Big Medical Data in Primary Care (BiMeDa)

Dissemination

Communication and public engagement strategy of the action

STRATEGY 1 WEBSITE MONTHS 1 – 24

A single website dedicated to the BIMEDA where visitors can (without a login process) find details for the fellowship and the project, check its progress through announcements, invitations for other outreach activities (e.g. mini-symposium) and project deliverables (e.g. open access journal articles, presentations) by electronic methods such as PDF (Portable Document Format) and via networked and non- networked online technologies, such as a RSS feed and Twitter and find structured academic and non-academic information on big medical data use (e.g. scientific reading lists, newspaper articles and interviews, reports, videos).


Information about the BIMEDA project will also be listed on other relevant websites such as on the ‘on-going research projects’ section of the International Network of the UNESCO Chair in Bioethics website.

STRATEGY 3 MARIE SKŁODOWSKA-CURIE AMBASSADOR MONTHS 1 – 24

The fellow will actively involve university staff, students and researchers as well as the public and promote the active role of the European Union in addressing issues big medical data not only at the policy level but also through funding opportunities for research. I will present my research via the use of established outreach activities at the University of Nottingham and the secondments (‘Research Cafés’, ‘Friday lunchtime lecture’, ‘Research Seminar Series’, ‘Research Showcase’ and ‘Science Outreach Programme’ events).

STRATEGY 4 LOCAL MEETING MONTH 23

The fellow will approach and involve local Patient Advisory Groups so as to communicate the results and the theoretical framework of the project for critically analysing big primary care data analytics’ social, technical and ethical challenges and explore ways these results, the theoretical framework and the developments in big medical analytics can reach more members of the wider local community who are also users of local healthcare services, such as an e-Newsletter distributed via social media (e.g. Facebook, Twitter) and the project’s website.

STRATEGY 5 INTERVIEWS / ARTICLES MONTH 21

Disseminate the results and the theoretical framework of the BIMEDA project to the public via more open, respectable, popular media, online and in print (e.g. BBC, Guardian, Wired). For this, I will seek assistance and advice from experienced press officers at the University of Nottingham and follow the new Guidelines for Scientists on Communicating with the Media (developed by the Social Issues Research Centre in collaboration with the Amsterdam School of Communication from a European Commission FP6 project).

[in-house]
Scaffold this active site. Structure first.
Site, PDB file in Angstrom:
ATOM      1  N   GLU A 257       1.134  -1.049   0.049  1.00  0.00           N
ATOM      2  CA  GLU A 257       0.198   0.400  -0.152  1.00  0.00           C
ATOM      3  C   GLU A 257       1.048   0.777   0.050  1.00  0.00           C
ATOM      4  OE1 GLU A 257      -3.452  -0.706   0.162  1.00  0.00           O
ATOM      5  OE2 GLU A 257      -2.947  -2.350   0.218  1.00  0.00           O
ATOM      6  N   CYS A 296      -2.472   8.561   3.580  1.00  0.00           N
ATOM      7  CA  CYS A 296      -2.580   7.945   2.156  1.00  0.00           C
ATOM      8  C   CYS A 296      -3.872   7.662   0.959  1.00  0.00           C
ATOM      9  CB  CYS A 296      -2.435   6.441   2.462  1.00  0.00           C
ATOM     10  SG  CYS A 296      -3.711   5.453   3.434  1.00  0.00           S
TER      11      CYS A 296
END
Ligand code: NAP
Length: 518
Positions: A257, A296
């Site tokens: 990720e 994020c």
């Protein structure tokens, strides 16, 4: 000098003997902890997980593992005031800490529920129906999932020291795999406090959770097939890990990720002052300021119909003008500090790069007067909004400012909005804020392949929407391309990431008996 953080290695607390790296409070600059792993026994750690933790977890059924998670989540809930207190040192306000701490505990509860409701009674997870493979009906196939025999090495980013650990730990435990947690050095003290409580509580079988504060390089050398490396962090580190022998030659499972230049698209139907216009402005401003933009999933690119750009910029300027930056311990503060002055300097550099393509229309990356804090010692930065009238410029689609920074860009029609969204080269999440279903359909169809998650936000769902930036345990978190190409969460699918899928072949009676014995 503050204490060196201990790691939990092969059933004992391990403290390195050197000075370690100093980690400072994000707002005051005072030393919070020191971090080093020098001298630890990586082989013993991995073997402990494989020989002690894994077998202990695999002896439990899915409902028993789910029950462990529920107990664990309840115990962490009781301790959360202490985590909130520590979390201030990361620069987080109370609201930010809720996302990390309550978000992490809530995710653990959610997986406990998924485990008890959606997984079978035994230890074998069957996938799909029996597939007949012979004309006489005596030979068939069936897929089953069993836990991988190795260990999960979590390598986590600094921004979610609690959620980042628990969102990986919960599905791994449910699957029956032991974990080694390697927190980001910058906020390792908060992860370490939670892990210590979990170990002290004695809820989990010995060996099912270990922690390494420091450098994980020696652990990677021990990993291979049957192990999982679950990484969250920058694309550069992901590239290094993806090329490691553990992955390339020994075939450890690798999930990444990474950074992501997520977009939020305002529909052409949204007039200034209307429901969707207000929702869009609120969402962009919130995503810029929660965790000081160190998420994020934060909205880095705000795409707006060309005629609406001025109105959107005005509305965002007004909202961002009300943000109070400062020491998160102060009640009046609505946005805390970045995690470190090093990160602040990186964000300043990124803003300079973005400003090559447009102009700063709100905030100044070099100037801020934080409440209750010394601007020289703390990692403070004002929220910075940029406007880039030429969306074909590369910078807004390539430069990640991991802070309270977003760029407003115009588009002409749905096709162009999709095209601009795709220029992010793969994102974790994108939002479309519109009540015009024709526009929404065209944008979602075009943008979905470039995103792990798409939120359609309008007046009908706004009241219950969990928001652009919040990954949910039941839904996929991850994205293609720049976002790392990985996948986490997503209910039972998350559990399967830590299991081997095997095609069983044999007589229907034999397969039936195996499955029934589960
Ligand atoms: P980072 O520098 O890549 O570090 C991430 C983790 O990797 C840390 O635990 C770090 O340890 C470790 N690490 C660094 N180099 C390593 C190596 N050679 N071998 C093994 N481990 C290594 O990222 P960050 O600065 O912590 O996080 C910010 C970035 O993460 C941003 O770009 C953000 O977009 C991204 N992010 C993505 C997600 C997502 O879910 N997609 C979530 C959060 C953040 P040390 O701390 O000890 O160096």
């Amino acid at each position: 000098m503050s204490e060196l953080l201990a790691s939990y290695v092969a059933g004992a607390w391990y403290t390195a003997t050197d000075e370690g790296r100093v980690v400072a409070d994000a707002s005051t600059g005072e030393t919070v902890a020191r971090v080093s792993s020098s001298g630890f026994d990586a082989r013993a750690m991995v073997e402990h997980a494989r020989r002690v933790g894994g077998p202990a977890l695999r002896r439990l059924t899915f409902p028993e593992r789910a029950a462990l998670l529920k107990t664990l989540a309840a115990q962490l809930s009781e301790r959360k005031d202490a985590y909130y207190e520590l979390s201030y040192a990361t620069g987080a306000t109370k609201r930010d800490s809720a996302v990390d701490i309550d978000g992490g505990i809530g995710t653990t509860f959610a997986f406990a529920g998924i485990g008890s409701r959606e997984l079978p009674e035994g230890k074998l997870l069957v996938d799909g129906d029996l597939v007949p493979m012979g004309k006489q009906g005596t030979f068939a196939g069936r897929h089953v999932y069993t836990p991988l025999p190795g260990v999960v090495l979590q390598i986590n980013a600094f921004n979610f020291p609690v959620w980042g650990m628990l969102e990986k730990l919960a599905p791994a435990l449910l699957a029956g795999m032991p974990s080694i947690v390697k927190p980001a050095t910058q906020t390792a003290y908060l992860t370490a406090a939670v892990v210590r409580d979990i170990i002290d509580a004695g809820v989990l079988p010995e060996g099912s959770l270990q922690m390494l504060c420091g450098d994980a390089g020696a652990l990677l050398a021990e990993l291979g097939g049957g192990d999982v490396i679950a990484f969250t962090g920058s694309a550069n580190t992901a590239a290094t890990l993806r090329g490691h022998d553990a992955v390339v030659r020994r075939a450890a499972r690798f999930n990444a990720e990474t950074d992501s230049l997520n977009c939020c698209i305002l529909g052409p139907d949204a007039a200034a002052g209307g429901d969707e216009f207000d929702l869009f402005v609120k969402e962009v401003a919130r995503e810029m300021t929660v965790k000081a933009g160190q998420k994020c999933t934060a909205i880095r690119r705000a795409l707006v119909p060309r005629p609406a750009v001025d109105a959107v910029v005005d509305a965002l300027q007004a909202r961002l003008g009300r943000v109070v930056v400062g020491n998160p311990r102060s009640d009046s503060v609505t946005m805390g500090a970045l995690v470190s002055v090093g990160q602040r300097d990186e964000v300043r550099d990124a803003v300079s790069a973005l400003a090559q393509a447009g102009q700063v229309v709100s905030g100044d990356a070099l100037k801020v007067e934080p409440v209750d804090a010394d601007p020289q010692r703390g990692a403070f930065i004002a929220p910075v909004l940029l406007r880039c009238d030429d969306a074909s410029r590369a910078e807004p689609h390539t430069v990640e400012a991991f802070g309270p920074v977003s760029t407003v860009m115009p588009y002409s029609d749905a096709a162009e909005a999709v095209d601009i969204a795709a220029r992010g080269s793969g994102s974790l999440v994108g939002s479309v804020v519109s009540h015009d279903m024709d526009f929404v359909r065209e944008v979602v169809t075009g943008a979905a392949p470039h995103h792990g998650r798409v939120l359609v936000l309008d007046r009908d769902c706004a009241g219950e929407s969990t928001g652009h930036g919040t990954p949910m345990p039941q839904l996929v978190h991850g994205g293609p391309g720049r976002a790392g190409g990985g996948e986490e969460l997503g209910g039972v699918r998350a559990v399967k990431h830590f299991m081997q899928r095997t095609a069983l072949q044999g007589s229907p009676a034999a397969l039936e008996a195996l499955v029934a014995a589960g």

Dissemination and exploitation of the research results, and intellectual property

STRATEGY 1 CONFERENCE PRESENTATIONS, JOURNAL ARTICLES & BOOK PROPOSAL MONTHS 18-20
  • At least, two oral or poster presentations for national and international conferences, such as the British Sociological Association Medical Sociology (BSA Med Soc) Annual Conference, Annual Conference of the American Medical Informatics Association (AMIA), European Association for the Study of Science and Technology Annual Conference (EASST).
  • At least, two manuscripts for Open Access publication in inter-disciplinary, peer-reviewed journals with high impact factors and international readerships, such as the Social Science & Medicine (SSM) journal, Journal of American Medical Informatics Association (JAMIA), International Journal of Medical Informatics (IJMI).
  • A book proposal with the theoretical framework for critically analysing big primary care data analytics’ social, technical and ethical challenges for publication with a global academic publishing company in social sciences, such as Palgrave Macmillan.
STRATEGY 2 MINI-SYMPOSIUM MONTH 23

A mini-symposium in Nottingham for graduate students, scholars, clinical practitioners and the public to discuss the challenges and opportunities of big data analytics in healthcare, focusing on national programmes such the English NHS Care.data, present the BIMEDA project’s theoretical framework for critically analysing big primary care data analytics’ social, technical and ethical challenges as well as results of related empirical studies and network so as to gradually build a research group on big data ethnography; something that is currently missing from social sciences in academic environments.


Open invitations for participation will be distributed through posters and posts on social media and on local media, online and in print.

STRATEGY 3 ACADEMIC TEACHING MATERIAL MONTH 24

Academic teaching materials with the comparative investigation and the theoretical framework for critically analysing big primary care data analytics’ social, technical and ethical challenges (e.g. data accessibility, data accuracy, data relationality, research automation, correlations, data context and interpretation, anonymity and informed consent) for use in (social science, political science, healthcare, informatics) undergraduate and postgraduate courses related to personal data and ethics, big data ethnography and health informatics.